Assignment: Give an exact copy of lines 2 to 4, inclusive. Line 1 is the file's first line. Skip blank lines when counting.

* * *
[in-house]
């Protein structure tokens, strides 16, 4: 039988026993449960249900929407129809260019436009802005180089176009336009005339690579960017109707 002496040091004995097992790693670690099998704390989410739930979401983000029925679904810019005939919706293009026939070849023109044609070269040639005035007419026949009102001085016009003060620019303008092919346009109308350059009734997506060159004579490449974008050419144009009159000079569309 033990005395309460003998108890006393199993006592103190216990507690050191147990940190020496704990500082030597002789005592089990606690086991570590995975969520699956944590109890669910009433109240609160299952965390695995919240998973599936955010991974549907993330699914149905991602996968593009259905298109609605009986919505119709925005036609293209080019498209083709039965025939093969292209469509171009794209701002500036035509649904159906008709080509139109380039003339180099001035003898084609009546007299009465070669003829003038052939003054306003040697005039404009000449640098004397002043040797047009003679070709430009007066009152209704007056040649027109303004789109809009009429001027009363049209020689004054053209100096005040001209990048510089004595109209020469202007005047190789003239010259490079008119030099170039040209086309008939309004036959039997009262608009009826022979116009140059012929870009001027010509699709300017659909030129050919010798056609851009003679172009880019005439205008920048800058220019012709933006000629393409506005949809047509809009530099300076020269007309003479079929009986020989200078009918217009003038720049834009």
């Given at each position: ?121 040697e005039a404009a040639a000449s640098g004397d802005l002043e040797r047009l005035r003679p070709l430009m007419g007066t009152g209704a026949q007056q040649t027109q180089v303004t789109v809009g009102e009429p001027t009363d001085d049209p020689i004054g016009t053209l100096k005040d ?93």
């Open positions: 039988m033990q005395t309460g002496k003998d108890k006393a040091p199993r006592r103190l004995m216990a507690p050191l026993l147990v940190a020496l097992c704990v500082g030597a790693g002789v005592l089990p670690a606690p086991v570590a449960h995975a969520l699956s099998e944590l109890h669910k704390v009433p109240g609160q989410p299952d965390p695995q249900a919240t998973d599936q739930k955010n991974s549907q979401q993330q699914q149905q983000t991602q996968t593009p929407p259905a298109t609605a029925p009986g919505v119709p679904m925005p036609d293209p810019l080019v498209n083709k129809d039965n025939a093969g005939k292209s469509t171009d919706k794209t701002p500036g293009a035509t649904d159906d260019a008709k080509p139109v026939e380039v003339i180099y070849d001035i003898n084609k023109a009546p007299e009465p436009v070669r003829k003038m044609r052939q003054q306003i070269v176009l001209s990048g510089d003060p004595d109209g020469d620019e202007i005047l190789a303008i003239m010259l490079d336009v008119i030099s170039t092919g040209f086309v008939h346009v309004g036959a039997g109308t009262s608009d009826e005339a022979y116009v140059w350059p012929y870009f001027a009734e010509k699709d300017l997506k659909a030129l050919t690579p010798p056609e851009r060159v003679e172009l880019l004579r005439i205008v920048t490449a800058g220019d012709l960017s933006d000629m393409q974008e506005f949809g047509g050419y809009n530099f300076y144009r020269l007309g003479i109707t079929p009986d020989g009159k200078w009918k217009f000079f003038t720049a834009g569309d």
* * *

């Protein structure tokens, strides 16, 4: 039988026993449960249900929407129809260019436009802005180089176009336009005339690579960017109707 002496040091004995097992790693670690099998704390989410739930979401983000029925679904810019005939919706293009026939070849023109044609070269040639005035007419026949009102001085016009003060620019303008092919346009109308350059009734997506060159004579490449974008050419144009009159000079569309 033990005395309460003998108890006393199993006592103190216990507690050191147990940190020496704990500082030597002789005592089990606690086991570590995975969520699956944590109890669910009433109240609160299952965390695995919240998973599936955010991974549907993330699914149905991602996968593009259905298109609605009986919505119709925005036609293209080019498209083709039965025939093969292209469509171009794209701002500036035509649904159906008709080509139109380039003339180099001035003898084609009546007299009465070669003829003038052939003054306003040697005039404009000449640098004397002043040797047009003679070709430009007066009152209704007056040649027109303004789109809009009429001027009363049209020689004054053209100096005040001209990048510089004595109209020469202007005047190789003239010259490079008119030099170039040209086309008939309004036959039997009262608009009826022979116009140059012929870009001027010509699709300017659909030129050919010798056609851009003679172009880019005439205008920048800058220019012709933006000629393409506005949809047509809009530099300076020269007309003479079929009986020989200078009918217009003038720049834009």
């Given at each position: ?121 040697e005039a404009a040639a000449s640098g004397d802005l002043e040797r047009l005035r003679p070709l430009m007419g007066t009152g209704a026949q007056q040649t027109q180089v303004t789109v809009g009102e009429p001027t009363d001085d049209p020689i004054g016009t053209l100096k005040d ?93």
């Open positions: 039988m033990q005395t309460g002496k003998d108890k006393a040091p199993r006592r103190l004995m216990a507690p050191l026993l147990v940190a020496l097992c704990v500082g030597a790693g002789v005592l089990p670690a606690p086991v570590a449960h995975a969520l699956s099998e944590l109890h669910k704390v009433p109240g609160q989410p299952d965390p695995q249900a919240t998973d599936q739930k955010n991974s549907q979401q993330q699914q149905q983000t991602q996968t593009p929407p259905a298109t609605a029925p009986g919505v119709p679904m925005p036609d293209p810019l080019v498209n083709k129809d039965n025939a093969g005939k292209s469509t171009d919706k794209t701002p500036g293009a035509t649904d159906d260019a008709k080509p139109v026939e380039v003339i180099y070849d001035i003898n084609k023109a009546p007299e009465p436009v070669r003829k003038m044609r052939q003054q306003i070269v176009l001209s990048g510089d003060p004595d109209g020469d620019e202007i005047l190789a303008i003239m010259l490079d336009v008119i030099s170039t092919g040209f086309v008939h346009v309004g036959a039997g109308t009262s608009d009826e005339a022979y116009v140059w350059p012929y870009f001027a009734e010509k699709d300017l997506k659909a030129l050919t690579p010798p056609e851009r060159v003679e172009l880019l004579r005439i205008v920048t490449a800058g220019d012709l960017s933006d000629m393409q974008e506005f949809g047509g050419y809009n530099f300076y144009r020269l007309g003479i109707t079929p009986d020989g009159k200078w009918k217009f000079f003038t720049a834009g569309d």